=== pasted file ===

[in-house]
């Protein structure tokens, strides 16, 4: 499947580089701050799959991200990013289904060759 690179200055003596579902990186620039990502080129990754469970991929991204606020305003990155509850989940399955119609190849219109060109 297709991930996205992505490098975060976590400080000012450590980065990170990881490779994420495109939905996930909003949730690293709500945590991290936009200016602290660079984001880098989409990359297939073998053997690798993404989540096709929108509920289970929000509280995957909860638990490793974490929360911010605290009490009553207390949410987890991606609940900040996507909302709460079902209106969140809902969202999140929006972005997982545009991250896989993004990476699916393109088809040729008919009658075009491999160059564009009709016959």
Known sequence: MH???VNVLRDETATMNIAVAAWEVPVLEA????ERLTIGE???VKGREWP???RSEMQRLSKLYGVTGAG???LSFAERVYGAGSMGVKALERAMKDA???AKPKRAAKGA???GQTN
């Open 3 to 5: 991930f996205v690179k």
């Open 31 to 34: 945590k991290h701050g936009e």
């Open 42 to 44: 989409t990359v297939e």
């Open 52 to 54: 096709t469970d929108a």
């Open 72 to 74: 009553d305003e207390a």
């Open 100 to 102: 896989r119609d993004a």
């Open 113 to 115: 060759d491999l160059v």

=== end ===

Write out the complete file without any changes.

[in-house]
């Protein structure tokens, strides 16, 4: 499947580089701050799959991200990013289904060759 690179200055003596579902990186620039990502080129990754469970991929991204606020305003990155509850989940399955119609190849219109060109 297709991930996205992505490098975060976590400080000012450590980065990170990881490779994420495109939905996930909003949730690293709500945590991290936009200016602290660079984001880098989409990359297939073998053997690798993404989540096709929108509920289970929000509280995957909860638990490793974490929360911010605290009490009553207390949410987890991606609940900040996507909302709460079902209106969140809902969202999140929006972005997982545009991250896989993004990476699916393109088809040729008919009658075009491999160059564009009709016959």
Known sequence: MH???VNVLRDETATMNIAVAAWEVPVLEA????ERLTIGE???VKGREWP???RSEMQRLSKLYGVTGAG???LSFAERVYGAGSMGVKALERAMKDA???AKPKRAAKGA???GQTN
């Open 3 to 5: 991930f996205v690179k």
């Open 31 to 34: 945590k991290h701050g936009e």
């Open 42 to 44: 989409t990359v297939e």
């Open 52 to 54: 096709t469970d929108a």
């Open 72 to 74: 009553d305003e207390a």
């Open 100 to 102: 896989r119609d993004a």
């Open 113 to 115: 060759d491999l160059v």